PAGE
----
Heredity and evolution Worksheet-15

Heredity and evolution Worksheet-15

 

  1. What is Mendel's genetics?

 

  1. What is inherited trait?

 

  1. Do offsprings and their parents have the same traits?

 

  1. What type of reproduction give rise to more number of successful variation?

 

  1. What is the basis of evolution?

 

  1. What is gene flow?

 

  1. Define hierarchy.

 

  1. Define characteristic of organisms.

 

  1. What is classification?

 

  1. What are the various kinds of fossils?

 

  1. What is adaptation?

 

  1. What is phylogeny?

 

  1. What is environmental selection?

 

  1. What is acquired trait?

 

  1. Define speciation.

 

  1. What is artificial selection?

 

  1. What is the main reason for evolution according to Darwin?

 

  1. What gave rise to life originally?

 

  1. What is the basic unit of life?

 

  1. What is the basic characteristic difference of cell design?

 

  1. 'Older fossils are found closer to the surface' - True or false.

 

  1. What is the sex chromosome pair of male?

 

  1. What is the sex chromosome pair of female?

 

  1. What will be the sex of a child who inherits X chromosome from his/her father?

 

  1. What will be the sex of a child who inherit Y chromosome from his/her father?

 

  1. State which of the following are homologous and which are analogous -

(a) Wings of bird and an insect

(b) Forelimbs of frog, a reptile, a bird and a human.

(c) Flippers of whale and fins of fish

(d) Tail of chameleon and hand of man

(e) Flippers of whale and wings of bat.

 

  1. If a trait A exists in 10% of a population of an asexually reproducing species and a trait B exists in 60% of the same population, which trait is likely to have arisen earlier?

 

  1. A man with blood group A marries a woman with blood group O and their daughter has blood group O. Is this information enough to tell you which of the traits - blood group A or O - is dominant? Why or why not?

 

Answer:

  1. Mendel’s genetics deals with the genes passing on to generations.

 

  1. Inherited traits is the transmission of particular characteristics from parents to their offsprings, generation to generation, which bear all basic features with great deal of variation. Inherited trait is therefore, a particular genetically determined characteristics that distinguishes a person.

 

  1. Yes.

 

  1. Sexual reproduction.

 

  1. Selection of variants by environmental factors forms the basis of evolution.

 

  1. Gene flow is the exchange of genetic material by interbreeding between populations of the same species or between individuals within a population. Gene flow increases the variation in the genetic composition of a population.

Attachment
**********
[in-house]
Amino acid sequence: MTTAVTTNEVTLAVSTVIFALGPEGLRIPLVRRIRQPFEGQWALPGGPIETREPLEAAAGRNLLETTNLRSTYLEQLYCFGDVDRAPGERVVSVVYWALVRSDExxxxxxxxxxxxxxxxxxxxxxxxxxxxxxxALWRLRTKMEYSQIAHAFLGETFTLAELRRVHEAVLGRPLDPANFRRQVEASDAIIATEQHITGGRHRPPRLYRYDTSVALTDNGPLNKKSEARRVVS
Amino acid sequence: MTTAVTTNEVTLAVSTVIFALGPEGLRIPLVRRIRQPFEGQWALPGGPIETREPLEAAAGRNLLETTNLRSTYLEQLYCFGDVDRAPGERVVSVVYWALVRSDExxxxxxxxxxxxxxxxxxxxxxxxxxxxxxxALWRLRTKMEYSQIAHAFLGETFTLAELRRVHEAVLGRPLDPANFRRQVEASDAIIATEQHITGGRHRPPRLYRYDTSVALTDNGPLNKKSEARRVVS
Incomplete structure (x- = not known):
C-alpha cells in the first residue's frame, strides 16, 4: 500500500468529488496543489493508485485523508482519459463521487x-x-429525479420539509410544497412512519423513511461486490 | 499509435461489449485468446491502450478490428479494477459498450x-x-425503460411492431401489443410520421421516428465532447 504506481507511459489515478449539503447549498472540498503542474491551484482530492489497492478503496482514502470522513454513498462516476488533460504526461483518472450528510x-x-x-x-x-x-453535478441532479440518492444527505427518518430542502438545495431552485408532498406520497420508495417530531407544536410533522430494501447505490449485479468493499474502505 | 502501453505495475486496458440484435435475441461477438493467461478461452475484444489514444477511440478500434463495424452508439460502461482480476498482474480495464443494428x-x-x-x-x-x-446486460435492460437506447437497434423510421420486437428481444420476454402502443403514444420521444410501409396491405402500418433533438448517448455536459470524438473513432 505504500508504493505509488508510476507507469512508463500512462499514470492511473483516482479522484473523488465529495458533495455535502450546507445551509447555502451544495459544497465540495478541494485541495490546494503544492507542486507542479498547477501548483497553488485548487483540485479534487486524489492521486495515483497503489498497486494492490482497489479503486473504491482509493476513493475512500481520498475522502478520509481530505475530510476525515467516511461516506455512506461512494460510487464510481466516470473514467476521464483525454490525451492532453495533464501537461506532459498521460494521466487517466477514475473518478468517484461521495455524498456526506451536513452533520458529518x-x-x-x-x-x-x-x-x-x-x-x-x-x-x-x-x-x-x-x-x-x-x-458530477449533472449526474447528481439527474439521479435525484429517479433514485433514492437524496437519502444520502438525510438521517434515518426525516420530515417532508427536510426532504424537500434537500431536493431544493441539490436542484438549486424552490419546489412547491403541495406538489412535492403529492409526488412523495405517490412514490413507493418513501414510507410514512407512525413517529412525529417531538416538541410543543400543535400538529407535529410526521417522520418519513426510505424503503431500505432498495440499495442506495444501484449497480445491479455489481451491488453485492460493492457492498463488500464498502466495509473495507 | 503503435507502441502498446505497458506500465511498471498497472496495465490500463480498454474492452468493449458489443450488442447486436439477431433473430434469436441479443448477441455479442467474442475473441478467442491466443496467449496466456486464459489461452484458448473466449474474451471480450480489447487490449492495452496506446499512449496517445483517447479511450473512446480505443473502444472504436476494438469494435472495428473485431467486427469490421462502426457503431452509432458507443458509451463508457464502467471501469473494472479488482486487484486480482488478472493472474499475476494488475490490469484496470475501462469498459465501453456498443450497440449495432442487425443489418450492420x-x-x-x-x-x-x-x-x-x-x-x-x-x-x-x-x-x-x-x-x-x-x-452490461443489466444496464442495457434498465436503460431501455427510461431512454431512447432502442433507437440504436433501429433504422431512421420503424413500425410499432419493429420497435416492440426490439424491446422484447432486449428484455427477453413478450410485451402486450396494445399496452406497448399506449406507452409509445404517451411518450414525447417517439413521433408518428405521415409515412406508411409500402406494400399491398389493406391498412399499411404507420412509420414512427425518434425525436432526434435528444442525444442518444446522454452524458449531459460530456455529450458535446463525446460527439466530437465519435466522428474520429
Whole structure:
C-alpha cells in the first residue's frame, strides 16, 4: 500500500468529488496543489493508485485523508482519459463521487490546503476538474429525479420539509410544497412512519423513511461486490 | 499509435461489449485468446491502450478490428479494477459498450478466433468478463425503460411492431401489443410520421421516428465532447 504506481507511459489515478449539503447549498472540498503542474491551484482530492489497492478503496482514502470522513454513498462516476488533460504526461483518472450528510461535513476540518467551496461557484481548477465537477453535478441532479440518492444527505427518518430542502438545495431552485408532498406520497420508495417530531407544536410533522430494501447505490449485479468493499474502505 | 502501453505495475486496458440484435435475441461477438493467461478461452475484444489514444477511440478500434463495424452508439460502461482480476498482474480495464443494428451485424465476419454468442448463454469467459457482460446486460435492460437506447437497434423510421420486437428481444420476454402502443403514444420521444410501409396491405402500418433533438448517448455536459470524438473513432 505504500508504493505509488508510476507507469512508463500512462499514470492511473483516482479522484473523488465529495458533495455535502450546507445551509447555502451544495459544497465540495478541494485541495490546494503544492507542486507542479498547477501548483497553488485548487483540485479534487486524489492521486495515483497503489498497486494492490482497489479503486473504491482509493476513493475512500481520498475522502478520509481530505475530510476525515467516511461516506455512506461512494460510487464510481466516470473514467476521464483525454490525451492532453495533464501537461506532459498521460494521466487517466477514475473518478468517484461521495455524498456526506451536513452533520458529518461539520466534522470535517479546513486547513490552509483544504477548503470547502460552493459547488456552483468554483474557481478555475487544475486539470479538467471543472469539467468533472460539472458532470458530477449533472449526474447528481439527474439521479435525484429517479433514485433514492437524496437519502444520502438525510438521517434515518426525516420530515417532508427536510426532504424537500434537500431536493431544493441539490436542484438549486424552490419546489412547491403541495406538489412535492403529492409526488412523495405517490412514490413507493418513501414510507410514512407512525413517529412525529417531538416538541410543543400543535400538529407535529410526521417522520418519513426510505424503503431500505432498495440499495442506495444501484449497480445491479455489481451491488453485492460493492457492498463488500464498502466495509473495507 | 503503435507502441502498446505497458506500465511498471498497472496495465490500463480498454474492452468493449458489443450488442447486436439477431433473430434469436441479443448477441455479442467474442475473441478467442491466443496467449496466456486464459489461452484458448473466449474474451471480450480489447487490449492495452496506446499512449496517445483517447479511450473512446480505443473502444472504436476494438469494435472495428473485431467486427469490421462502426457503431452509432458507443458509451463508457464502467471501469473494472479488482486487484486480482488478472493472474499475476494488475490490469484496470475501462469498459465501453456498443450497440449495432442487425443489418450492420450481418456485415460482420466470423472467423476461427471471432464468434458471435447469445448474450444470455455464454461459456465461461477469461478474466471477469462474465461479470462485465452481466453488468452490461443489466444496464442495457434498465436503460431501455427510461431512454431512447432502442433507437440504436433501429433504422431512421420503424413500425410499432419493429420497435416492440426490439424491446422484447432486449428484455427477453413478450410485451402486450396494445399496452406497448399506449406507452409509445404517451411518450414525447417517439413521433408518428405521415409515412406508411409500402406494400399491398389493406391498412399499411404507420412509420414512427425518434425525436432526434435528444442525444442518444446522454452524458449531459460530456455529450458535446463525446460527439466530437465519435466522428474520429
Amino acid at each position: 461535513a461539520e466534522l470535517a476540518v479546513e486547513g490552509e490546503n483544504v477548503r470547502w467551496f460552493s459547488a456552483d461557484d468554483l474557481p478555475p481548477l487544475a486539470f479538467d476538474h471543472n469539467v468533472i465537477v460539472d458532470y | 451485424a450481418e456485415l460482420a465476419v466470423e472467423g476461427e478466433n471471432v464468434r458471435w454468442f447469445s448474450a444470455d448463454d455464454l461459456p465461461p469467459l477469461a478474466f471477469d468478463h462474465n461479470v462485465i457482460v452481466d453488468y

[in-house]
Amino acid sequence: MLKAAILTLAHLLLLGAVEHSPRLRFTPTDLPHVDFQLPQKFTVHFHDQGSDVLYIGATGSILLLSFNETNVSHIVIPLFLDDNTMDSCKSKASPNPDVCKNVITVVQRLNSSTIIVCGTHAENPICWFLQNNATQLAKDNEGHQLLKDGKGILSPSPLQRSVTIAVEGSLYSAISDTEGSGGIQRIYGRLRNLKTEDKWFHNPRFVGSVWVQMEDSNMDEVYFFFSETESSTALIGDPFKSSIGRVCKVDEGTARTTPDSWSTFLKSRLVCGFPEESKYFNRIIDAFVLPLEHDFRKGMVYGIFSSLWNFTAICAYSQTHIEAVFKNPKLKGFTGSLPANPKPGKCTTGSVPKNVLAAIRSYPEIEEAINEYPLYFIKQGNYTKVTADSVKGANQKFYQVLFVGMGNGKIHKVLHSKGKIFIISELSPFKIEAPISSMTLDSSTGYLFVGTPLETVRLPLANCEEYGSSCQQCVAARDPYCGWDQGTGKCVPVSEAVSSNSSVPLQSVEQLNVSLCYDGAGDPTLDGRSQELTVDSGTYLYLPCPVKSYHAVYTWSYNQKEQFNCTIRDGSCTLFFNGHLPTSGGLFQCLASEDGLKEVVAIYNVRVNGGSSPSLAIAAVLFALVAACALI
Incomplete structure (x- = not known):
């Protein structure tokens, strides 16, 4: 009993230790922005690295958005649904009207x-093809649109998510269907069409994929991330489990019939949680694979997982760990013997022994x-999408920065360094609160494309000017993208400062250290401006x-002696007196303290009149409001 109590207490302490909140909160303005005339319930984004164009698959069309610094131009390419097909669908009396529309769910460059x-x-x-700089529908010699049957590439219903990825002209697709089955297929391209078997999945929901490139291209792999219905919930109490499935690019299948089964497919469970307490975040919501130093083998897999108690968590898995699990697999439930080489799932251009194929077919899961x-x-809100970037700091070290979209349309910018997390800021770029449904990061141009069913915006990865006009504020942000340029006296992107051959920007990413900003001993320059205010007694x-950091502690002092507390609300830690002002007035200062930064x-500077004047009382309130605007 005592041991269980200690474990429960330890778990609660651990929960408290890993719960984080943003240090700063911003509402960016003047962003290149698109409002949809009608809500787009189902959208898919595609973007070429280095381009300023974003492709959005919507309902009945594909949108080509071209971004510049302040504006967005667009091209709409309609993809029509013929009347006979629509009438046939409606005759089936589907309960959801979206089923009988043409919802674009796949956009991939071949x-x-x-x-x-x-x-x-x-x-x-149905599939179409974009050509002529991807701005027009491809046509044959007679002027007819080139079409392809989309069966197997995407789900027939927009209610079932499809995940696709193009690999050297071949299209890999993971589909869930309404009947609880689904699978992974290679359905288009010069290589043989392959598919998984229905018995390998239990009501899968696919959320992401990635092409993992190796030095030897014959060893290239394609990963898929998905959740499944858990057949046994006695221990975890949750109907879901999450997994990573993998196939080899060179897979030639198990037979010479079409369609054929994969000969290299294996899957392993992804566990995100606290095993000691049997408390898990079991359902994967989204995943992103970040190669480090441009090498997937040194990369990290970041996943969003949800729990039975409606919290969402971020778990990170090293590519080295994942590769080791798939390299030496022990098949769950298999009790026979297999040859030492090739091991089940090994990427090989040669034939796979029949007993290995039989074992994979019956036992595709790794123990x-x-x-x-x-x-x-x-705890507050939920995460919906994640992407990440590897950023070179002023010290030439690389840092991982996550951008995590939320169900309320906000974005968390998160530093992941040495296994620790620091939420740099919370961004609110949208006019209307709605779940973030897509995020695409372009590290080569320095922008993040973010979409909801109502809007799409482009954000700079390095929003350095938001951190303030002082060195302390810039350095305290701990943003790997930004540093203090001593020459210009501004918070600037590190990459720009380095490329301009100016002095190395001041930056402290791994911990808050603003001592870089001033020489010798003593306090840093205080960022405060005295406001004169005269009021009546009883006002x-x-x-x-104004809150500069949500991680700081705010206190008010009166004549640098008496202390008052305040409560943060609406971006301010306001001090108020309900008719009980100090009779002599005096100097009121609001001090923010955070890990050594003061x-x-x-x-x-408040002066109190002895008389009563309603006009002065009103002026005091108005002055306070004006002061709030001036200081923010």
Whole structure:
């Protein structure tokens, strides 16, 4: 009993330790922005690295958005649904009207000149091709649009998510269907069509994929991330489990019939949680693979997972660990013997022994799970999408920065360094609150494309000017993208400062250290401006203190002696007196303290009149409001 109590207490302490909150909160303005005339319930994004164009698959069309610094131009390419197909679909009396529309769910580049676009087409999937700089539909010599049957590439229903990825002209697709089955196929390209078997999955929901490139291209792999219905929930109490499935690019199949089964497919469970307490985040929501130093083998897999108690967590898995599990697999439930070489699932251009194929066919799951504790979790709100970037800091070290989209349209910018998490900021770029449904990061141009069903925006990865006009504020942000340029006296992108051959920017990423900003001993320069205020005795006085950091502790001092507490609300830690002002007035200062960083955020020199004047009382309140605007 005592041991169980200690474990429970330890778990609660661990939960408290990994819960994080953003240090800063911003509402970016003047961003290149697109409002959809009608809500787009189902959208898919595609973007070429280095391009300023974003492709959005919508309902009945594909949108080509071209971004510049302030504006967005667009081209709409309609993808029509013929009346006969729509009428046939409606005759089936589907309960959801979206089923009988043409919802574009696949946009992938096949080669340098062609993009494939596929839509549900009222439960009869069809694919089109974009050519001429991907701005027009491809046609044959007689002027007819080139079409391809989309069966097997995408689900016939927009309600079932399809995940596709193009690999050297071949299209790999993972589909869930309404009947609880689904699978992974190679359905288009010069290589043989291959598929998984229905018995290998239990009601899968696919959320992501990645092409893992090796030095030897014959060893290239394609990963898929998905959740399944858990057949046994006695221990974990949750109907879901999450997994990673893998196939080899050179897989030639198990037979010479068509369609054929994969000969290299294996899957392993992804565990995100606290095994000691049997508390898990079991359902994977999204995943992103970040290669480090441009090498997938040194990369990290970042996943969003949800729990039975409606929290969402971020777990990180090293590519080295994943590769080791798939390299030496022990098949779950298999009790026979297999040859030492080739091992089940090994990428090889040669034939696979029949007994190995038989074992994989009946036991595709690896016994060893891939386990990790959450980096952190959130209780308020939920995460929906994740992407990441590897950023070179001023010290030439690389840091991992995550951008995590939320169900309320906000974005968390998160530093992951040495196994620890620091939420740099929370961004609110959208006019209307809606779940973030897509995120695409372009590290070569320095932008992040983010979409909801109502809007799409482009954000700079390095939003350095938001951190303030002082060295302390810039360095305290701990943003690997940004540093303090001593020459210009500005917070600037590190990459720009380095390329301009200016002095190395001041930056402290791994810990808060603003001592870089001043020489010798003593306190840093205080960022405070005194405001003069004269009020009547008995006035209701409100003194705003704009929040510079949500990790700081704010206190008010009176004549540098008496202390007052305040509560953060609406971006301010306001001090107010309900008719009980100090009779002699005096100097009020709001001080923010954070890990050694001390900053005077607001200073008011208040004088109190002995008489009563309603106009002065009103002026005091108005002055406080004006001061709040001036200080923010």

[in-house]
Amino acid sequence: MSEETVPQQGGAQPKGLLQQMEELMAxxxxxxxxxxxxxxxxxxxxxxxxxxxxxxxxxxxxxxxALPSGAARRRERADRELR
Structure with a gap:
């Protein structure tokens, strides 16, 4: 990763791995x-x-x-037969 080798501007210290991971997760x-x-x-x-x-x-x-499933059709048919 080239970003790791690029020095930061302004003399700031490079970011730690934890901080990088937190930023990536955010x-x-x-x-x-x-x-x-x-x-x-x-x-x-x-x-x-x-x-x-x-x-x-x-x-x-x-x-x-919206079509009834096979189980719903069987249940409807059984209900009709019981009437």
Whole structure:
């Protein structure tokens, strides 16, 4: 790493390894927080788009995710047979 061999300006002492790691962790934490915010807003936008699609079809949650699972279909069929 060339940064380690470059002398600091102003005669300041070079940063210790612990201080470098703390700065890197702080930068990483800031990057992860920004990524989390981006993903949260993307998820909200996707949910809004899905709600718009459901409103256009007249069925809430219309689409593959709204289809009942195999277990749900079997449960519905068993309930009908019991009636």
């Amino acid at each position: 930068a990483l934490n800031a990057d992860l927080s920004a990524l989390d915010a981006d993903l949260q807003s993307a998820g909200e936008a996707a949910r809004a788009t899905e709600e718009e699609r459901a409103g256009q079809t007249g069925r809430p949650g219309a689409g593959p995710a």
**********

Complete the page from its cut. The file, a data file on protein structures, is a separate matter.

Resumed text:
1. Hierarchy is a type of social organisation in which individuals are ranked according to their status or dominance relative to other group members. Higher up in the hierarchy the similarities between members of a group become fewer.

 

  1. Characteristic is the detailed appearance or behaviour of a particular form or a particular function. For example, the four limbs of human beings is a characteristic and that plants can perform photosynthesis is also a characteristic.

 

  1. Classification is the arrangement of organisms into a series of groups based on physiological, biochemical, anatomical or other relationships.

 

  1. Kinds of Fossils fossils are of various kinds depending upon their differences in appearances and degrees of detail and preservation. They are - Fossil tree trunk, Fossil invertebrate (Ammonite), Fossil invertebrate (Trilobite) Fossil fish (Knightia) and Fossil dinosaur skull (Rajasaurus).

 

  1. Adaptation is any change in the structure or functioning of an organism that makes it better suited to its environment.

 

  1. Phylogeny is the evolutionary history of an organism or group of related organisms.

 

  1. Environmental selection is the selection within a population resulting from the influence exerted by the environment. It leads to a change in the composition of genes within a population.

 

  1. Acquired Trait is a particular characteristic that is developed during the lifetime of an individual. Such characteristics are not genetically controlled and cannot be passed on to the next generation.

 

  1. Speciation is the evolution of reproductive isolation among once - interbreeding populations, i.e., the development of one or more species from an existing species.

 

  1. Artificial selection is the modification of species by selective breeding. Animals or plants with desirable characteristics or traits are interbred with the aim to produce new strain of organisms for a specific purpose.

 

  1. According to Darwin evolution took place due to natural selection.

 

  1. Life must have developed from the simple inorganic molecules which were present on earth after it was formed.

 

  1. Cell is the basic unit of life in all organisms.

 

  1. The basic characteristic of cell design that differs among different organisms is whether the cell has a nucleus. Bacterial cells do not, while the cells of most other organisms do.

 

  1. False.

 

  1. The sex chromosome pair of male has one X chromosome and one Y chromosome i.e., half of the male gametes or sperms will have X chromosome and the other half will have Y chromosome.

 

  1. The sex chromosome pair of female has two X chromosome i.e., all the female gametes or ova will have only X chromosomes.

 

  1. The sex of the child will be a boy.

 

  1. (a) Analogous, (b) Homologous, (c) Analogous, (d) Analogous, (e) Homologous.

 

 

  1. If a trait A exists in 10% of a population of an asexually reproducing species and a trait B exists in 60% of the same population, trait B is likely to have arisen earlier.

 

  1. Why are traits acquired during the life-time of an individual not inherited?